And so made significant . . .

around the world, and through the centuries

10 May

George Whitefield,

‘Tho’ God has shown me great Things already in this Place, yet to To-day I have seen greater. I preached twice with Power, and to large Congregations than ever: And in the Evening went to settle a Society of young Women, who I hope will prove wise Virgins. As soon as I entered the Room, and heard them singing, my Soul was uncommonly delighted. When the hymn was over, I desired to pray before I began to converse: But, contrary to my Expectations, my Soul was so carried out that I had not Time to talk at all. A wonderful Power was in the Room, and with Accord, they began to cry out and weep most bitterly for the Space of half an Hour. They seemed to be under the strongest Convictions, and did indeed seek JESUS sorrowing. Their cries might be heard a great Way off. When I had done, I thought proper to leave them at their Devotions. They continued in Prayer (as I was informed by one of them afterwards) for above an Hour, confessing their most secret Faults: And at length the Agonies of some were so strong, that five of them seemed affected as those that are in Fits. The present Captain of our Sloop going near the Water-side, was called into a Company almost in the same circumstances; and at Midnight I was desired to come to one who was in strong Agonies of Body and Mind, but felt somewhat of Joy and Peace, after I had prayed with her several Times. Her Case put me in Mind of the young man whom the Devil tore, when he was coming to JESUS. Some suchlike bodily Agonies, I believe, are from the Devil; and, now the Work of GOD is going on, he will, no doubt, endeavour by these to bring an evil Report on it.’

Preaching with power


John Newton
, sailor and priest

‘Preached at Collingtree. Had a large congregation. The church crowded, the chancel and belfry nearly full. My dear and Mr. Cowper went with me.’

The extraordinary Mr Newton


John Skinner,

‘During the Prayers at Morning Service Cottle’s son was hawking so loud when I commenced the service I was obliged to look at him in order to check him from interrupting the service. The pew which Burfitt built without any authority from me or the Ordinary, has been more than once the scene of great impropriety of behaviour during Church time, for the sides being higher than the seatings, so that the congregation are not able to see the people who are sitting down, they talk and laugh and misbehave themselves greatly. This evening the pew was filled by two sons and a daughter of farmer Skuse, a son of Hicks, John Rossiter, and a female in mourning; the elder Skuse I saw talking and laughing with the person in black, and I said aloud that, as there had been great impropriety of behaviour in that pew, I requested there might be no repetition of it this evening. John Rossiter stood up in the pew and looked very insolently at me, but I took no notice.’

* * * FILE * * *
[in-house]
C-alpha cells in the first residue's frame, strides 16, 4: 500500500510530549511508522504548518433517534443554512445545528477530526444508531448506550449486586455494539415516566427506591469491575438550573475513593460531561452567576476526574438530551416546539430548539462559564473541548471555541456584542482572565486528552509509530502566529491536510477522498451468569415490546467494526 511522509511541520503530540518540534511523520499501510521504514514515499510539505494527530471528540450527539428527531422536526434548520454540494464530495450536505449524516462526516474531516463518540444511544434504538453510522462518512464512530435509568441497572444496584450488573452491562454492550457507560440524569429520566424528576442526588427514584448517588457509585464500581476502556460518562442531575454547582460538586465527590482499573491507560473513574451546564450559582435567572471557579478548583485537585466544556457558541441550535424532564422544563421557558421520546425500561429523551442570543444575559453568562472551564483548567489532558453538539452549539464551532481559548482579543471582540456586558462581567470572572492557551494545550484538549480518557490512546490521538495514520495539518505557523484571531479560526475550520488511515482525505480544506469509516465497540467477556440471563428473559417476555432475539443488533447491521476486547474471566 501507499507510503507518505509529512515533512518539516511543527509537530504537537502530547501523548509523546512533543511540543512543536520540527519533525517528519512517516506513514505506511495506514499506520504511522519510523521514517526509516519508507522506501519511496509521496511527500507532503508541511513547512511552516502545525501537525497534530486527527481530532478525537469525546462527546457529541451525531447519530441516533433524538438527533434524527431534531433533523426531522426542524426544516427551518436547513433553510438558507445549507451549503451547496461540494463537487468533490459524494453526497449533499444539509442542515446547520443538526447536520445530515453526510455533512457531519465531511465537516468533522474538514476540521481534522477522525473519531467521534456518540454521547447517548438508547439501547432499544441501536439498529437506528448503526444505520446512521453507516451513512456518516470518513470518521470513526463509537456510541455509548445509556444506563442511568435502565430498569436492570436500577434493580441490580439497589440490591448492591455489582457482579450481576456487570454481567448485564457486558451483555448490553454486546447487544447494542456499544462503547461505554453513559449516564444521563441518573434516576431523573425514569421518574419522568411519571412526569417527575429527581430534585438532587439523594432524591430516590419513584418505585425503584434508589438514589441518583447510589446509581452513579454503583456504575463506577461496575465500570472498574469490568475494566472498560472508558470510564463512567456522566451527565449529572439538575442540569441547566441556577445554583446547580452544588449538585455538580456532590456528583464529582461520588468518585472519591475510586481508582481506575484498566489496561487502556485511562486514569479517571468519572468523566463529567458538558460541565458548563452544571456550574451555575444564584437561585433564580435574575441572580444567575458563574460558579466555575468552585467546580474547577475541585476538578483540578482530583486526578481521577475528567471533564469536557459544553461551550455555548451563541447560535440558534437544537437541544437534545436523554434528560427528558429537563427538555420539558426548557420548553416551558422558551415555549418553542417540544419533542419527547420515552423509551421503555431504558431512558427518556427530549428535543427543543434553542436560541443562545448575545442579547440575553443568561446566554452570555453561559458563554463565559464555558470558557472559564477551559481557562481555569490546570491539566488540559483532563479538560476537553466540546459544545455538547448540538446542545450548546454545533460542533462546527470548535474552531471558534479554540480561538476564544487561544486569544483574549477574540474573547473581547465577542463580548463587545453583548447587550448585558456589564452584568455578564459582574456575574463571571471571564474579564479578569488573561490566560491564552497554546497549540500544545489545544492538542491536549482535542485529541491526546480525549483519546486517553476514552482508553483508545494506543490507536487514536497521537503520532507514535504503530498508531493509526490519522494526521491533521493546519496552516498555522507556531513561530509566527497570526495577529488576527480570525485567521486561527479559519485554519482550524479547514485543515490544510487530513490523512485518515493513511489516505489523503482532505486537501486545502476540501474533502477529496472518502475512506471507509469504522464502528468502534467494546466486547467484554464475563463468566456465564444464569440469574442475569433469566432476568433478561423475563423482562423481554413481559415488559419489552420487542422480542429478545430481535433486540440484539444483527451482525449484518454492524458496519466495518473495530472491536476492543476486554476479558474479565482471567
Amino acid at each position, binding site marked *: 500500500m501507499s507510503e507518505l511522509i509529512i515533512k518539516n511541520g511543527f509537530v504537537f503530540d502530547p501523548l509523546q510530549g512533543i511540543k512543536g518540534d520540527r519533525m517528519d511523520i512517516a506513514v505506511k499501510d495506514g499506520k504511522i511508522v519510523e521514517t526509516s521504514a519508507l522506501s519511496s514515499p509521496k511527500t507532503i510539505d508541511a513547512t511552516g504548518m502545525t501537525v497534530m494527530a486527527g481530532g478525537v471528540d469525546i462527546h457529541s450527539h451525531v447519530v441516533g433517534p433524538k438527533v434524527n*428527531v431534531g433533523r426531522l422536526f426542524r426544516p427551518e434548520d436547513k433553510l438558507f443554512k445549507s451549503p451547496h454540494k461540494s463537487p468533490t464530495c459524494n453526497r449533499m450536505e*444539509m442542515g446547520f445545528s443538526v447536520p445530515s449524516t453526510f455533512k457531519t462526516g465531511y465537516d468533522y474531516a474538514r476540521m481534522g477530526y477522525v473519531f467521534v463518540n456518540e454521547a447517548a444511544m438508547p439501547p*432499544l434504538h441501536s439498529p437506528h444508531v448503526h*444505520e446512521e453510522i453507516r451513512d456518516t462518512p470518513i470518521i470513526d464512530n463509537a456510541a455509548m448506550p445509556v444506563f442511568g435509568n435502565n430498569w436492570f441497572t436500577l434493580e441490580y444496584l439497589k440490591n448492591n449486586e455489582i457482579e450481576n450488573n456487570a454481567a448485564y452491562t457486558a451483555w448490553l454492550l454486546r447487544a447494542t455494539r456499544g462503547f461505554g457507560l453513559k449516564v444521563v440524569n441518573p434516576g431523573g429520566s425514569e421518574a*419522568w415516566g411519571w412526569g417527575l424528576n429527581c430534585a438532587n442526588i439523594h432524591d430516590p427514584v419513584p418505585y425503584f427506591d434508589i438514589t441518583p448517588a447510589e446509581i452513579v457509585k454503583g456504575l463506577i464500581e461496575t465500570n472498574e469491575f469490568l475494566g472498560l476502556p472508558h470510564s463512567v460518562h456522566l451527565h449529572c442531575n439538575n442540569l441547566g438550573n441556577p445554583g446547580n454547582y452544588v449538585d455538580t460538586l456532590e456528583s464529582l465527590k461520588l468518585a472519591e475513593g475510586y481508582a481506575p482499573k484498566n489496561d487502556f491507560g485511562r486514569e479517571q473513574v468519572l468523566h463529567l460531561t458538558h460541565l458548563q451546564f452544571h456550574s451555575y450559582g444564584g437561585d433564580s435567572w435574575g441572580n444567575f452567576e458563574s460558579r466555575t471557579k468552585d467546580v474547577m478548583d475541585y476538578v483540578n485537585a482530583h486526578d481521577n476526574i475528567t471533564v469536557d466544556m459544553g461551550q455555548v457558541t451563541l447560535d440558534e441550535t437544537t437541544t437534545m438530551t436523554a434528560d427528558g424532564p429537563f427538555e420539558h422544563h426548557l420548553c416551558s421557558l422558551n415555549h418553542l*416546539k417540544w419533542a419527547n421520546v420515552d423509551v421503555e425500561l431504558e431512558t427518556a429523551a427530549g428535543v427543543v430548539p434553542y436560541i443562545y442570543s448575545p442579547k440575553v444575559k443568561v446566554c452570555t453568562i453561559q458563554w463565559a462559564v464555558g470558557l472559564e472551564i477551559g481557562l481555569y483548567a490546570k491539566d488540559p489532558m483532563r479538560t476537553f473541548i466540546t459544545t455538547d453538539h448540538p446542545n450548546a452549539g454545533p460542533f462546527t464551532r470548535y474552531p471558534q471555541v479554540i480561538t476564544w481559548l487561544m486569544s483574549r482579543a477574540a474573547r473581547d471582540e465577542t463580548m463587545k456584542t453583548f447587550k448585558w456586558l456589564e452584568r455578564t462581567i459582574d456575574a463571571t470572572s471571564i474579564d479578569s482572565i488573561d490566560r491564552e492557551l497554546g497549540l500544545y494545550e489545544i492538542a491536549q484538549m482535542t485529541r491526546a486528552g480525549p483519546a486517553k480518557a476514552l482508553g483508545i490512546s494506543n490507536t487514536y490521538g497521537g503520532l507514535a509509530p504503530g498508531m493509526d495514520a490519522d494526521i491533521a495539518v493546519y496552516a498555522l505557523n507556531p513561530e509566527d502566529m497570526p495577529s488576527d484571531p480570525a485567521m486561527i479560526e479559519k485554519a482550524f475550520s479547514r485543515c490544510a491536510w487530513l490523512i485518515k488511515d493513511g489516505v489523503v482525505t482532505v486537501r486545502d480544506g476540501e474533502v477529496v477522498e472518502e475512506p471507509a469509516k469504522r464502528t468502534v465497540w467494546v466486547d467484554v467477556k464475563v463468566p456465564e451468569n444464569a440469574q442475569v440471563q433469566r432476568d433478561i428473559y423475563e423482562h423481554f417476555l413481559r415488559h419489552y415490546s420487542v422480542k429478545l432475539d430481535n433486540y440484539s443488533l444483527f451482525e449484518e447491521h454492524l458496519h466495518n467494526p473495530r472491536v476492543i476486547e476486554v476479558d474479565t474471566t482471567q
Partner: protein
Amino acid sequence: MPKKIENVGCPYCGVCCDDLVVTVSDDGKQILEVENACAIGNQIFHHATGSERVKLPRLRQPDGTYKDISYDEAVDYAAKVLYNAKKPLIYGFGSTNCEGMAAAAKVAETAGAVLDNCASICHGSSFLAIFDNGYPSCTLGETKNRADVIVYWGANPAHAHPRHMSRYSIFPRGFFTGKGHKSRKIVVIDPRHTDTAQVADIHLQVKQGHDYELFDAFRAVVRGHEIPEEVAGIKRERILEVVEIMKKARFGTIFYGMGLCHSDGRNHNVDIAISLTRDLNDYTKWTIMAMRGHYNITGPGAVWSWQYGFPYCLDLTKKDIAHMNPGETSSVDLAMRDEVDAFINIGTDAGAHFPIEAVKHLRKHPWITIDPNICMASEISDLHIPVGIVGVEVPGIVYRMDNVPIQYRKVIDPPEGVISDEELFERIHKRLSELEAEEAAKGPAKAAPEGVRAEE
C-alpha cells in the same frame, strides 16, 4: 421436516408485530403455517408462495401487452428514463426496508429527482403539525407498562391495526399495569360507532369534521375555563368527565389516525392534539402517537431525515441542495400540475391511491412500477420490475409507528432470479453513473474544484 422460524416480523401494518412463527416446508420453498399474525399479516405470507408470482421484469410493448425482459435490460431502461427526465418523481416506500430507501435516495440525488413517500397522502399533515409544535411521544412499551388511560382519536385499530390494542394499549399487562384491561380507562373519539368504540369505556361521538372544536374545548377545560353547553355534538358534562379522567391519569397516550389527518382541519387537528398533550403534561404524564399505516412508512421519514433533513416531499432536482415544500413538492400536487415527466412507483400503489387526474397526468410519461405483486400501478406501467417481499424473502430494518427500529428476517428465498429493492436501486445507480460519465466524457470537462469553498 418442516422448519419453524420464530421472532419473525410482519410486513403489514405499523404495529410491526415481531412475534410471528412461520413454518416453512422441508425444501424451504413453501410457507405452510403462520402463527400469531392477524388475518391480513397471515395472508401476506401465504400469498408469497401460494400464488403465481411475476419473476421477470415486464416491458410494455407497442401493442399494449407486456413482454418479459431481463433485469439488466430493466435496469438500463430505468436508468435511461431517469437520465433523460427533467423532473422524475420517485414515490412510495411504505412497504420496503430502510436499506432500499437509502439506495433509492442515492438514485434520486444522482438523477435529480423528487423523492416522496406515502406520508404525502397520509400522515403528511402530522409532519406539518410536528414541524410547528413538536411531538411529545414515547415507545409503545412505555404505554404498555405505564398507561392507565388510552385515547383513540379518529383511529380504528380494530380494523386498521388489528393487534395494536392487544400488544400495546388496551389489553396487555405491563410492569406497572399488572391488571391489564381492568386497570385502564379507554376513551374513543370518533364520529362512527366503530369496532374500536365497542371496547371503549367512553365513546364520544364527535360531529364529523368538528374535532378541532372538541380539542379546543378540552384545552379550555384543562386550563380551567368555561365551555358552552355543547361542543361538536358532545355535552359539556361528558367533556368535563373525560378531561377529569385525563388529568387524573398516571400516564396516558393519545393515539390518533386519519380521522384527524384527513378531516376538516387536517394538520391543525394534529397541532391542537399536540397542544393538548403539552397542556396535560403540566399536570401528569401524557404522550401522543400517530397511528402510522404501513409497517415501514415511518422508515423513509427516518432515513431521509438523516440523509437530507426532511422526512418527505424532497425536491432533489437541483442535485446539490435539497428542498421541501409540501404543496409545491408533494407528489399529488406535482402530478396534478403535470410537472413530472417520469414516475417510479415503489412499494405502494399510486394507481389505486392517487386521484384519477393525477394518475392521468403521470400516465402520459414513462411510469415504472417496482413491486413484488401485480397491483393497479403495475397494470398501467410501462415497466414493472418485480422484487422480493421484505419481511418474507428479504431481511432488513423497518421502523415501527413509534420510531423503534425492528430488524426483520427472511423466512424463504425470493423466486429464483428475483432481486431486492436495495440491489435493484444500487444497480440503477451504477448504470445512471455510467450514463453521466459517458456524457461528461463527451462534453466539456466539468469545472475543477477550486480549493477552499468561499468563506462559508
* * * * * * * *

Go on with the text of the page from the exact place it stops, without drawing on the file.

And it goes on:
Impropriety in the pew


Alfred Domett,
statesman and poet

‘Called on the Thornycrofts, Wilton Place. Found Mr T at work on a model of the horse for an equestrian statue of Lord Mayo he had been commissioned to make for Calcutta. He was modelling his horse without sketch or other original as a guide. Said he had made so many he did not require any. When he wanted to study a horse, he used to go & walk in the Park, Rotten Row, where his living models were in plenty.

He never exhibits at the Royal Academy, nor sends his works there as he does not belong to it. Does not care to belong to the Academy now though when he was young it would have been of use to him.

Talking with Mrs Thornycroft and praising her beautiful and simple statues of the Queen’s children she said the Queen had had copies of them made to send to several of the Royal Families of Europe.’

Browning’s friend Domett


Miguel de Unamuno,
writer and philosopher

‘Yesterday, Sunday, at Canillas. What peace there! If one could live and die like they do. We went to the burial at Calzada of a poor fellow who had died of paralysis. I kept thinking about spiritual paralysis. They told me that he died saying: “What a sweet dream!” He seemed asleep there, at the door of the church.

Later the fields were blessed. The young girls brought all their presents in a procession, shawls, kerchiefs, all strung up on a pole.’

Go and wash and see


Joseph Goebbels,

‘Frick, who was present at this talk, cut a very poor figure. The centralized administration that he built up is neither approved of nor even appreciated by the Fuehrer. The Fuehrer criticized the Ministry of the Interior so outspokenly that Frick ought to draw certain conclusions. But he is too old and too fond of his office for this.’

The Nuremberg ten


Arthur Schlesinger,

‘We continue to make progress. I have never really doubted, since Watergate began to unravel, that Nixon would be removed or would resign before January 1977. This confidence was based essentially on a sense that Nixon was the greatest shit - probably the only shit - ever elected President of the United States, and that no disclosure about his greed and knavery would ever be the last. So, when he went on TV on 29 April and said, with apparent perfect confidence, that the release the next day of his expurgated version of some of the tapes would show “once and for all” that everything he had done with regard to Watergate was “just as I have described them to you from the very beginning,” I did not believe it for a moment.

One’s sense that he is now hopelessly immured in a dream world leads me to believe that he will not resign, at least without a deal. I am also more sure than ever that the Senate will convict and remove him. This is the most solemn vote most of those senators will ever cast, and then, if ever, they will vote their consciences. Moreover, none among them has any personal affection for or loyalty to Nixon, and those Republicans up for reelection know they will do far better if Gerald Ford is President.

I may well change this view, but Henry Kissinger, despite his work in the Middle East, seems to me one of the most disgusting figures in this whole business. Yesterday Dick Rovere, Martin Mayer and I were chatting at the long table in the Century about Kissinger and especially about his mania for secrecy and about the panic he evidently fell into when Dan Ellsberg handed over the Pentagon Papers. After a moment I said, rather loudly, “In my view Kissinger and Ellsberg deserve each other.” A short while later, as I left the table, I was hailed by someone sitting directly behind me. I need hardly say that it was Ellsberg. He gave no indication that he had heard my remark, though he could hardly have missed it, given the authoritative tone in which it was uttered. We talked a few minutes. He seemed more egomaniacal than ever and affected to think that further and harsher prosecutions lay in store for him.